SimScale CAE Forum

Pollution exhaust in a garage


#1

Hi everyone,

I am doing some practice on the following project (https://www.simscale.com/projects/vaibhav_s/pollutant_extraction_from_parking_garage_-_editorial_demo/)
as I am planning to do something similar for my dissertation thesis and I have some unclarities, I’ll be really grateful if you can help me figure them out.
First, how did you managed to get the CO concentration in PPM in the sections you posted ?? Is it a built-in feature in SimScale cause I couldn’t find it.
As I saw in the videos provided for this simulation as support, T1 represents the amount of CO in the garage, but I cannot find what’s the measuring unit for T1?
Second, I saw that you made some calculations of how much CO (2.77E-08 kg/m3 s) is initially in the garage, I was wondering where is this value taken into consideration in the simulation?
And third thing, how did you calculated the exhaust flow based on the initial CO concentration (2.77E-08 kg/m3 s) ???

Thank you !


#2

Hey @grosua!

I would assume that this was achieved using a script which has been used inside Paraview (or the calculator filter) - as far as I know the formula for the concentration was given somewhere in a webinar but would have to check myself first. Let me tag @vaibhav_s here who might help out in this case. Doing some investigations regarding this and your other questions in the meantime!

Cheers!

Jousef


#3

Hi @jousefm

Thank you for your quick reply and for taking time to help me, looking forward to find out how the simulation works.

Kind regards!


#4

Hi there,

The T1 passive scalar is set to 1 1/s if you go to the advanced tab. And because scalars are independent regarding unit, they can be interpreted in the way we define them, according to https://www.simscale.com/docs/content/simulation/model/advancedConcepts/passivescalarSources/passivescalarSources.html

In this case the project poster calculated a uniform distrbution of the CO of 2.77e-8 kg/(m^3 *s), hence we simply multiply the T1 result with this value and divide by the air mass in 1m^3, and finally multiply with 1000000, to get a mg/kg corresponding with ppm. I loaded the simulation results into paraview and entered “(T1 * 2.77E-08)/(1.2041) *1000000” in the calculator. This is the result for the case with the fans:

Sorry for the different colormapping, but the number seem to be close, let’s wait for the original poster to correct me, if it is not correct.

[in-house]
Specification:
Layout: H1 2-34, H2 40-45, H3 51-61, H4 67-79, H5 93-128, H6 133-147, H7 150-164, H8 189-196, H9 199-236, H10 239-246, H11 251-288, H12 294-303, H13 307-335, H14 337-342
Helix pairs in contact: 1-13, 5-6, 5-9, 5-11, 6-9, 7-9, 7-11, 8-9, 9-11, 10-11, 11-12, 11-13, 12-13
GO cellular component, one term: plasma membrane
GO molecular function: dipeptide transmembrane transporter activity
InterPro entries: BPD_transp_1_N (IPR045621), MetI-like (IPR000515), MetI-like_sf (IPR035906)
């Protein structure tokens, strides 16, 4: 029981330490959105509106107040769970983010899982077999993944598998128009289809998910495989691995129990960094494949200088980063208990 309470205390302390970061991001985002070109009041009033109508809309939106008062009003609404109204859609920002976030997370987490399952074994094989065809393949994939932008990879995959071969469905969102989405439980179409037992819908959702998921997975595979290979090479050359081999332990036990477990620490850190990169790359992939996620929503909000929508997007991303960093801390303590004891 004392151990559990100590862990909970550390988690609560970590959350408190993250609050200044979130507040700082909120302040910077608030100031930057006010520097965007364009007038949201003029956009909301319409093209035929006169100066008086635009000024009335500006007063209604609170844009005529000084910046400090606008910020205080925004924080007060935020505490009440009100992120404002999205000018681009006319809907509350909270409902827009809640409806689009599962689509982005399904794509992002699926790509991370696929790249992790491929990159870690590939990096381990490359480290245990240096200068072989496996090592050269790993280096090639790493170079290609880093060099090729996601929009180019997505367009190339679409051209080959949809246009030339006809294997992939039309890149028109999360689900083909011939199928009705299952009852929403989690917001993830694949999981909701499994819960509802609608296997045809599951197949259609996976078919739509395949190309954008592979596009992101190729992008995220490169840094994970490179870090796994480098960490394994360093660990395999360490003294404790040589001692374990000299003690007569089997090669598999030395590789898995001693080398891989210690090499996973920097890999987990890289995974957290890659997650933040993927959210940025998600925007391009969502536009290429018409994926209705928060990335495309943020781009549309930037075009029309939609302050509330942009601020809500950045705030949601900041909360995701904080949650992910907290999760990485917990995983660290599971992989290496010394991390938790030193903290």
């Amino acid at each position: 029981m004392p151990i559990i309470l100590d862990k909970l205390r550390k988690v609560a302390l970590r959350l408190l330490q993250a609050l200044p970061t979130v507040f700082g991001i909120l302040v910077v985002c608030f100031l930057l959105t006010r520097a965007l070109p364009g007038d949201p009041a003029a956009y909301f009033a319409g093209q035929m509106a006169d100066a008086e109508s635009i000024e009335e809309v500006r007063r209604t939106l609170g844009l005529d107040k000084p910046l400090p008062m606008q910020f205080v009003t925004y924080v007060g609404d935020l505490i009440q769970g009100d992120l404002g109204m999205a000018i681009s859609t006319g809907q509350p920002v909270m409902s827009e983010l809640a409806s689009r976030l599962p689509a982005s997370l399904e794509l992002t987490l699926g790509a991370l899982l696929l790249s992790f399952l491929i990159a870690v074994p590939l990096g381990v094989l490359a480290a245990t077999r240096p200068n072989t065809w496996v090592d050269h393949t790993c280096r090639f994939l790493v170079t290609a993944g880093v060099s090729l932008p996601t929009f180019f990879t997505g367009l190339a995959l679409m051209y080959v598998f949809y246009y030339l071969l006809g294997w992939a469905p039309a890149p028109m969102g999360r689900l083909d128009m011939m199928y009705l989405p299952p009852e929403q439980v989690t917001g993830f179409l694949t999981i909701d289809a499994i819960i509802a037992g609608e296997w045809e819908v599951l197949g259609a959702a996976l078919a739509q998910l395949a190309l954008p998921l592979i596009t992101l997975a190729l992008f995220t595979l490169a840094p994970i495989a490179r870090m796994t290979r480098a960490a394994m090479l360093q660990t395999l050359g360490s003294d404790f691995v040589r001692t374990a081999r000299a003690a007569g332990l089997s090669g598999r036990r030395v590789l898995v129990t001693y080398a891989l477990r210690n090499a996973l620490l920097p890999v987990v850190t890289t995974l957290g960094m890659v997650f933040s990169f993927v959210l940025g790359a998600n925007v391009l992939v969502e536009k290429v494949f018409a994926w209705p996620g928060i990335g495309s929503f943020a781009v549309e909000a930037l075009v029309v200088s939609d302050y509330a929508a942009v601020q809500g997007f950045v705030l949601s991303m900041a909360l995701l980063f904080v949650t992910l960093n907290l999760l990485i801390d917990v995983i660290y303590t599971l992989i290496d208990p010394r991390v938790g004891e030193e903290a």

Below you can see where you find where the flux is defined

Hope that answers some of your questions. Regarding the exhaust flow, I think that it is some sort of system, that has some flow rate capability and hence the poster chose that as a boundary condition. However, you could pick any value and see how that helps the overall CO distribution. Which makes this a really cool simulation I think. That’s why I also went ahead and tried to answer your question, because otherwise I would not have seen this project.

Kind regards,
Tolga


#5

Hi @tcakir

Thank you for your time, your answers are really helpful, now it makes more sense. I wasn’t aware of the possibility to export the results and process them on different software.
As you said, there is a small difference (12ppm) between your results and the initial results in the simulation even the same results were processed in ParaView, this can have an impact on the validation of the ventilation system, so I am wondering where this difference comes from? Did you assume the value of air density at 20 degrees C right? maybe another value for density was considered? or different results were processed?
Maybe simulation master can share a thought on this ?? @vaibhav_s

Thank you!
Kind regards!


#6

Nice one Tolga!!

I was quite sure that we worked with a script but the calculator is indeed the fastest and easiest way to achieve this. Also curious where this mistake comes from, would have also assumed that this is due to different density considerations.

Cheers,

Jousef


#7

The difference might also be in the colormap scale, I believe the original poster used a log scale, which might make it appear to be different. However, the results in paraview should always give the same values, because the data that i exported is the same, regardless of how many times I export it. Also, I just apply a simple calculation on the T1 value, so data should always give the same result in paraview.

Yes, I just googled air density at 20 c, that is the 1.2041 value. And indeed I do not know which value the orignal poster used in his results. But looking at order of magnitude I think I am pretty close to the original poster.

Hope that helps you further along the road. Would love to hear what kind of simulation you want to look into and maybe be of any help in that. You know where to find us :slight_smile:

Warm regards,
Tolga